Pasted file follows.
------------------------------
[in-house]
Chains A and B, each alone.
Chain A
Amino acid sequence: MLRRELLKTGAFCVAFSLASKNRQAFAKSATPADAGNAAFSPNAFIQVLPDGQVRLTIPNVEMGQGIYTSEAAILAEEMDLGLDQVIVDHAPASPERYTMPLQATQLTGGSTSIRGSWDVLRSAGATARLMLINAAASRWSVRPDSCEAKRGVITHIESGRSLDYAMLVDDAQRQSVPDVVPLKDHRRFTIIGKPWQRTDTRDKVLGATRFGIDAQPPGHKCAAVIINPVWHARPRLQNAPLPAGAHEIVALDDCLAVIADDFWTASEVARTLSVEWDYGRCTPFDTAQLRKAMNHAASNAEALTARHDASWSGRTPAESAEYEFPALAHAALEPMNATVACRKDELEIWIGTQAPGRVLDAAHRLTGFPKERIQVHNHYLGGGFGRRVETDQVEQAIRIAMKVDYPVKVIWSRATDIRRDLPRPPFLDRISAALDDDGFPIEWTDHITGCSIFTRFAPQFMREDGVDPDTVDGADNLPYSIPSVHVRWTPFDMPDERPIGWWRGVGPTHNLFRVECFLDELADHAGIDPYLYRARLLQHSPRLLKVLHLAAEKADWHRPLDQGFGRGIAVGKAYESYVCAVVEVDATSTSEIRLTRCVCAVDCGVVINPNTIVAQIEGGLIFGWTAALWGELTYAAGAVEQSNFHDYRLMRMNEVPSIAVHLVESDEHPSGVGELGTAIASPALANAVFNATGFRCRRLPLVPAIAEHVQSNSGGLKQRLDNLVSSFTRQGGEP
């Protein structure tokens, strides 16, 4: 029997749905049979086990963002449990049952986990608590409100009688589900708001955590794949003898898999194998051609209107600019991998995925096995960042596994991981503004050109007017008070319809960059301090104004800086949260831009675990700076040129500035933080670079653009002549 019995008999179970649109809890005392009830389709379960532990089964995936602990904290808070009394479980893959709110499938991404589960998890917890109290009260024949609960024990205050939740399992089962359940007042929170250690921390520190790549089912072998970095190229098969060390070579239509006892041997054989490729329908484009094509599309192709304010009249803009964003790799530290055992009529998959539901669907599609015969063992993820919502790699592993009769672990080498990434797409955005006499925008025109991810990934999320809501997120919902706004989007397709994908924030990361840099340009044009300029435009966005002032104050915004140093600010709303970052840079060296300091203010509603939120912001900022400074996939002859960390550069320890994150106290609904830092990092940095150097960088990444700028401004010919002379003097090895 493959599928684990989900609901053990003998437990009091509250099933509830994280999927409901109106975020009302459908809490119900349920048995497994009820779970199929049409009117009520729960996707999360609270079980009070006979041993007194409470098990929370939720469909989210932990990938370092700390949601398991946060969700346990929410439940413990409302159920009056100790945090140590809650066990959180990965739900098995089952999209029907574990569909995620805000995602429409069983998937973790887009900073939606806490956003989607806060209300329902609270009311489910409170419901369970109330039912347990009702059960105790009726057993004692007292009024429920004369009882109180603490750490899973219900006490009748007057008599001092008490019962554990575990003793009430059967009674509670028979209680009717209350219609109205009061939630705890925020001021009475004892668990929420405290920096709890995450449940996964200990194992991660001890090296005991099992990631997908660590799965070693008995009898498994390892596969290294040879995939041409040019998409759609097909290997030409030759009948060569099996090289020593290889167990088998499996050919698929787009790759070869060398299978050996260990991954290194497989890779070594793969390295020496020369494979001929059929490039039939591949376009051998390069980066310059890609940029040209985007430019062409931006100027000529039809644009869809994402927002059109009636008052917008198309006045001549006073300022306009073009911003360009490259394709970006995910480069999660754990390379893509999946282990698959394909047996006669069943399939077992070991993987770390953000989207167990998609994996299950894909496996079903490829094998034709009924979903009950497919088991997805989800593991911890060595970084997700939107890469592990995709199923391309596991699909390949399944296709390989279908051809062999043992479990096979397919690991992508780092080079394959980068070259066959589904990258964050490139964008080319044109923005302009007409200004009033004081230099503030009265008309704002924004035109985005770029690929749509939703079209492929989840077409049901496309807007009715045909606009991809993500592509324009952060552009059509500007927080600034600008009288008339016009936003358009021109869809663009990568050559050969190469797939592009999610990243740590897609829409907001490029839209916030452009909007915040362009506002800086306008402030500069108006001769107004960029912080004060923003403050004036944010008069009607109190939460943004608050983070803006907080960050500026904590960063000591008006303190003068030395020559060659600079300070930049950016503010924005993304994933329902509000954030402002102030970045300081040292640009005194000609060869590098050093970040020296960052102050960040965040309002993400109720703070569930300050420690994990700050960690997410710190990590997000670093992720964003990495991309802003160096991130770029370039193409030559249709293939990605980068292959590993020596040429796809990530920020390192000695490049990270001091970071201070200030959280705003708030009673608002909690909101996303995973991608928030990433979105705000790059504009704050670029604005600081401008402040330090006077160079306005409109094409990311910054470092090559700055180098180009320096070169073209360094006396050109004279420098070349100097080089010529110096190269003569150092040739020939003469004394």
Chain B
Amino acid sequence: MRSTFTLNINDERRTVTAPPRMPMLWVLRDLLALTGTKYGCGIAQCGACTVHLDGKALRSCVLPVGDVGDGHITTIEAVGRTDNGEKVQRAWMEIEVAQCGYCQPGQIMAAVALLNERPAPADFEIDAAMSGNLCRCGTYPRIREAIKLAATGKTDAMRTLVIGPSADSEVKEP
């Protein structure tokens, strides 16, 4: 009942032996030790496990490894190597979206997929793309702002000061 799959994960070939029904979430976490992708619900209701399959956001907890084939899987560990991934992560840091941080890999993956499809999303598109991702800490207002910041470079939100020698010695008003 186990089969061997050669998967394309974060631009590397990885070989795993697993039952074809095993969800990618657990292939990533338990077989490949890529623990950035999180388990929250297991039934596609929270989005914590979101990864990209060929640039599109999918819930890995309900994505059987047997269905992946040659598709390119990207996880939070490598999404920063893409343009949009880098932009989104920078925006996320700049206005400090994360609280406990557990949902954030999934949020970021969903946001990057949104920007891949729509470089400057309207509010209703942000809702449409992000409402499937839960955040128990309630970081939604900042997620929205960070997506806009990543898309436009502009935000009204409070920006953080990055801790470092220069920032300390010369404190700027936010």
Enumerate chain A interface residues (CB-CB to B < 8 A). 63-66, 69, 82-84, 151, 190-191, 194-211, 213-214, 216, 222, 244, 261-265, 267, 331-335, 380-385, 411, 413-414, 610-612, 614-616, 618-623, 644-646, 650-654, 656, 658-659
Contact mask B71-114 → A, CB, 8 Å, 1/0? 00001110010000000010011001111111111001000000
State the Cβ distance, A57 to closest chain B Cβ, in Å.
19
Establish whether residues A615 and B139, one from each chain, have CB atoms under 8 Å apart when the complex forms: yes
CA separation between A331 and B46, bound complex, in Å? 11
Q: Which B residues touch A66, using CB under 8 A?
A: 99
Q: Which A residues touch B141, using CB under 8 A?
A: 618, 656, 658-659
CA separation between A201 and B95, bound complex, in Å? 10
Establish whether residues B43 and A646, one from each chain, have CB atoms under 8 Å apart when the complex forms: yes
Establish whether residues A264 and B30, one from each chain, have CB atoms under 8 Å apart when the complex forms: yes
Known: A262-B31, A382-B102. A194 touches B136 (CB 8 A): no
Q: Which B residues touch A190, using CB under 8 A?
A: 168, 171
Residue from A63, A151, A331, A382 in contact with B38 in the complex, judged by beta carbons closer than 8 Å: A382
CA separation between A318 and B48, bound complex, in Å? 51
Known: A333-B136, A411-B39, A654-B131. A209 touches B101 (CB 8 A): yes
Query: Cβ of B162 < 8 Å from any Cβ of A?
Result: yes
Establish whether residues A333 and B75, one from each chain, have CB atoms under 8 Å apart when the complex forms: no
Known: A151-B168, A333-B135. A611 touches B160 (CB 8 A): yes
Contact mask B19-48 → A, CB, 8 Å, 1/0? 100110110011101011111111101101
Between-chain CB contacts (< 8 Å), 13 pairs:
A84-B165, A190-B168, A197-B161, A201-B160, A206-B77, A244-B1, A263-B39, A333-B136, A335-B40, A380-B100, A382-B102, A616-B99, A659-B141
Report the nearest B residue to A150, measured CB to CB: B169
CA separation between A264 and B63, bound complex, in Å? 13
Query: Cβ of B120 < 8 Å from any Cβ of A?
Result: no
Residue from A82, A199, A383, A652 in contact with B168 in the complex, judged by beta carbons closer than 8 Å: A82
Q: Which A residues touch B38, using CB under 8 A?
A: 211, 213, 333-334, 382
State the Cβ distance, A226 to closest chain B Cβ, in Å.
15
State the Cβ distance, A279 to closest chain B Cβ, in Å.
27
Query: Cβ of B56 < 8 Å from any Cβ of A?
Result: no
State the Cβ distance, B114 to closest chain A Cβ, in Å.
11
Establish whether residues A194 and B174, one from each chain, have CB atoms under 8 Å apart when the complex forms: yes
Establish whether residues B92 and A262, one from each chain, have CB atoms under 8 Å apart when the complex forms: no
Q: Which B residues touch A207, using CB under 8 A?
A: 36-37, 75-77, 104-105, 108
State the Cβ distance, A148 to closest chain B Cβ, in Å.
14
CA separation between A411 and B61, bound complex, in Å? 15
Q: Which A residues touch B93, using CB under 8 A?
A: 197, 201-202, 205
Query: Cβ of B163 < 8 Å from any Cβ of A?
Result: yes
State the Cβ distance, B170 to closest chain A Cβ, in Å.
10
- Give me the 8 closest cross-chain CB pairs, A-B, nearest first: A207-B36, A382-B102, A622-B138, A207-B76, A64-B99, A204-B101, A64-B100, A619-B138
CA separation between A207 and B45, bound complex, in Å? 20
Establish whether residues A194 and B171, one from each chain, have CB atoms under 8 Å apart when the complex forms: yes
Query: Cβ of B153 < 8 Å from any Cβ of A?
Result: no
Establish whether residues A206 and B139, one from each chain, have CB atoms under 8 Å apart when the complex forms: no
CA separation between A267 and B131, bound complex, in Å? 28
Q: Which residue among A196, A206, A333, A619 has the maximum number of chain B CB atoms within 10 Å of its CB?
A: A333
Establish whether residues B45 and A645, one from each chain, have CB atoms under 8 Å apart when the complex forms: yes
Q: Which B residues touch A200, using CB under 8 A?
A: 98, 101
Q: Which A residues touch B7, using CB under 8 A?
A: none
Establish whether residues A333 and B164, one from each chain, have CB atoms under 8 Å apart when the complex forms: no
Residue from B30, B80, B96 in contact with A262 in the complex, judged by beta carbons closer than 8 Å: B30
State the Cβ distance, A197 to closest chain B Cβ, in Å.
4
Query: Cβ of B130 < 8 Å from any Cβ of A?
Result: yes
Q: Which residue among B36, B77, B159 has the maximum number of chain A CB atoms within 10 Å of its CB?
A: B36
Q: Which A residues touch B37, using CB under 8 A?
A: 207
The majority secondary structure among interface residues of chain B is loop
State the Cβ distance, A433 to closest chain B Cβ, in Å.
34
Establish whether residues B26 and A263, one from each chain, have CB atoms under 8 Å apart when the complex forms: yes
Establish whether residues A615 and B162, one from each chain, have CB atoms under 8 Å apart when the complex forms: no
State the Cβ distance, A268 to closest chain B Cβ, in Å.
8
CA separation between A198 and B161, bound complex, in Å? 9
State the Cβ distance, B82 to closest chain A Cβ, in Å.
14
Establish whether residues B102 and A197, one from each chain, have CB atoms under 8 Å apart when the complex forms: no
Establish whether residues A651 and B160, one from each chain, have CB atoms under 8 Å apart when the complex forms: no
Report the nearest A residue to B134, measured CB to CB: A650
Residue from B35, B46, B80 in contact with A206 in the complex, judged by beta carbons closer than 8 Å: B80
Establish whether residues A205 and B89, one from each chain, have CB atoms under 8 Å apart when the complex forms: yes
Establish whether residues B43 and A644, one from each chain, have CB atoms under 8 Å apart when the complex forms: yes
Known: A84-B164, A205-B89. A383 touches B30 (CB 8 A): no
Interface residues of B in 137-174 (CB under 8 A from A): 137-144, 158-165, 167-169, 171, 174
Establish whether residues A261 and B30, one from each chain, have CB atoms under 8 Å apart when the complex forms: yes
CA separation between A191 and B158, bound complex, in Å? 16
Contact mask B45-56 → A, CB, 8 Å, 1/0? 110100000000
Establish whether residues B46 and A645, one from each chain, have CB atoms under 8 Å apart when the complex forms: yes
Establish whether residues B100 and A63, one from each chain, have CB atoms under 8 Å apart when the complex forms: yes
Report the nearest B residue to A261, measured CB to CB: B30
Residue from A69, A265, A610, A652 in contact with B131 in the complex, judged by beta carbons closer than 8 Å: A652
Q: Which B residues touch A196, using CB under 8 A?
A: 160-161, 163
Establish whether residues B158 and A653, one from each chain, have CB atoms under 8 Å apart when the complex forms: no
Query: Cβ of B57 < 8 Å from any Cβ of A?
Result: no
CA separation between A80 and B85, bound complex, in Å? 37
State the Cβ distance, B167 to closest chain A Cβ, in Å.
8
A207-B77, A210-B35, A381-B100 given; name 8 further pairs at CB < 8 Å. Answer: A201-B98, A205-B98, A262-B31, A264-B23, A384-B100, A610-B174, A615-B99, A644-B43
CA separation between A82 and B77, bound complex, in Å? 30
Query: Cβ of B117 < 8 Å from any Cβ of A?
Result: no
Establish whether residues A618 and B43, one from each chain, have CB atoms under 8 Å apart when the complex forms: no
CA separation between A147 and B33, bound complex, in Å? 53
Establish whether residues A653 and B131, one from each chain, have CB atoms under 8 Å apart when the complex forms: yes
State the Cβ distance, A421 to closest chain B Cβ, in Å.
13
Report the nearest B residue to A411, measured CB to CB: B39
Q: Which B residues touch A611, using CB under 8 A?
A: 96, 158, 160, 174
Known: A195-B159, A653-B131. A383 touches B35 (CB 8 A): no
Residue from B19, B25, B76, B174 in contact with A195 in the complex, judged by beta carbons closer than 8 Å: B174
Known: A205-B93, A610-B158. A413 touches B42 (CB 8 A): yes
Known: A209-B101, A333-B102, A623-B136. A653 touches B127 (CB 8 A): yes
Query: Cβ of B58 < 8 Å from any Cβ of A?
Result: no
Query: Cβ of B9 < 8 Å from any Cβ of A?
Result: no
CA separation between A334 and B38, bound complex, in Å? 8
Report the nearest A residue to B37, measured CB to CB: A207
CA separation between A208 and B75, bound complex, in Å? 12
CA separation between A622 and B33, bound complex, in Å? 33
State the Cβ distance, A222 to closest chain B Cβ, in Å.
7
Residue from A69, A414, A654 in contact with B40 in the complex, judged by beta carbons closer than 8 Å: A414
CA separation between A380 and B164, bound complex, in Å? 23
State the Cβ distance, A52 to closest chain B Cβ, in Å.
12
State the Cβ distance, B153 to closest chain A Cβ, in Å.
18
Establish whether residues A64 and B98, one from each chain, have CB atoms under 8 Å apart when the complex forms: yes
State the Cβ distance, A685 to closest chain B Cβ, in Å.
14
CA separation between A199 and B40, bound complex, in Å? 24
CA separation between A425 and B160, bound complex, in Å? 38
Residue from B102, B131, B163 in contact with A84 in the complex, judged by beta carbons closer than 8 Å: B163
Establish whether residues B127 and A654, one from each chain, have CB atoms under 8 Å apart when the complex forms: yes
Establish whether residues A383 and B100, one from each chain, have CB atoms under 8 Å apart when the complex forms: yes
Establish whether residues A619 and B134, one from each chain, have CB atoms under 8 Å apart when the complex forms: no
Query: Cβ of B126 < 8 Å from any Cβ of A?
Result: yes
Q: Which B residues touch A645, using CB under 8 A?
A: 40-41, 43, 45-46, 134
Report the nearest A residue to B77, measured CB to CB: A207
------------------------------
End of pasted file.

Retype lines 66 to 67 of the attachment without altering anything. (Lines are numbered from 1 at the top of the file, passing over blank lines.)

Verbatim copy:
Query: Cβ of B153 < 8 Å from any Cβ of A?
Result: no